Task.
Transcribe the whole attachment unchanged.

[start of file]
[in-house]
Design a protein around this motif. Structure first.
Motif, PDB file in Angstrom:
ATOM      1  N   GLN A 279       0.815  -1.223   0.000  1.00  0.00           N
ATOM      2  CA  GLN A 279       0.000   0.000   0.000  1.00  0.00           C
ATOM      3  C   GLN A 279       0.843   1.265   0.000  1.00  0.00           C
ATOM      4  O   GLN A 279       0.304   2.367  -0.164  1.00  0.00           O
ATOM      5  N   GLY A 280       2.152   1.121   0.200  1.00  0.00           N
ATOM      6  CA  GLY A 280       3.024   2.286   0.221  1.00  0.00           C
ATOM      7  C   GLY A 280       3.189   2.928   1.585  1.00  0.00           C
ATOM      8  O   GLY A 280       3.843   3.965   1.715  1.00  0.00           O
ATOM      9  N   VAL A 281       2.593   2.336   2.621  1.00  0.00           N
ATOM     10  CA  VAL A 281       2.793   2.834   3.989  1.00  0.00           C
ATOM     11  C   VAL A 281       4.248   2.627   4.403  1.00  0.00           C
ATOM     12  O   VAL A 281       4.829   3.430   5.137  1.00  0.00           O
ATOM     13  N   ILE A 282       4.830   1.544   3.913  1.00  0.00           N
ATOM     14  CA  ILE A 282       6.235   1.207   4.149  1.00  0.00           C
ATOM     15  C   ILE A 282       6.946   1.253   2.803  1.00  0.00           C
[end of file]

[in-house]
Design a protein around this motif. Structure first.
Motif, PDB file in Angstrom:
ATOM      1  N   GLN A 279       0.815  -1.223   0.000  1.00  0.00           N
ATOM      2  CA  GLN A 279       0.000   0.000   0.000  1.00  0.00           C
ATOM      3  C   GLN A 279       0.843   1.265   0.000  1.00  0.00           C
ATOM      4  O   GLN A 279       0.304   2.367  -0.164  1.00  0.00           O
ATOM      5  N   GLY A 280       2.152   1.121   0.200  1.00  0.00           N
ATOM      6  CA  GLY A 280       3.024   2.286   0.221  1.00  0.00           C
ATOM      7  C   GLY A 280       3.189   2.928   1.585  1.00  0.00           C
ATOM      8  O   GLY A 280       3.843   3.965   1.715  1.00  0.00           O
ATOM      9  N   VAL A 281       2.593   2.336   2.621  1.00  0.00           N
ATOM     10  CA  VAL A 281       2.793   2.834   3.989  1.00  0.00           C
ATOM     11  C   VAL A 281       4.248   2.627   4.403  1.00  0.00           C
ATOM     12  O   VAL A 281       4.829   3.430   5.137  1.00  0.00           O
ATOM     13  N   ILE A 282       4.830   1.544   3.913  1.00  0.00           N
ATOM     14  CA  ILE A 282       6.235   1.207   4.149  1.00  0.00           C
ATOM     15  C   ILE A 282       6.946   1.253   2.803  1.00  0.00           C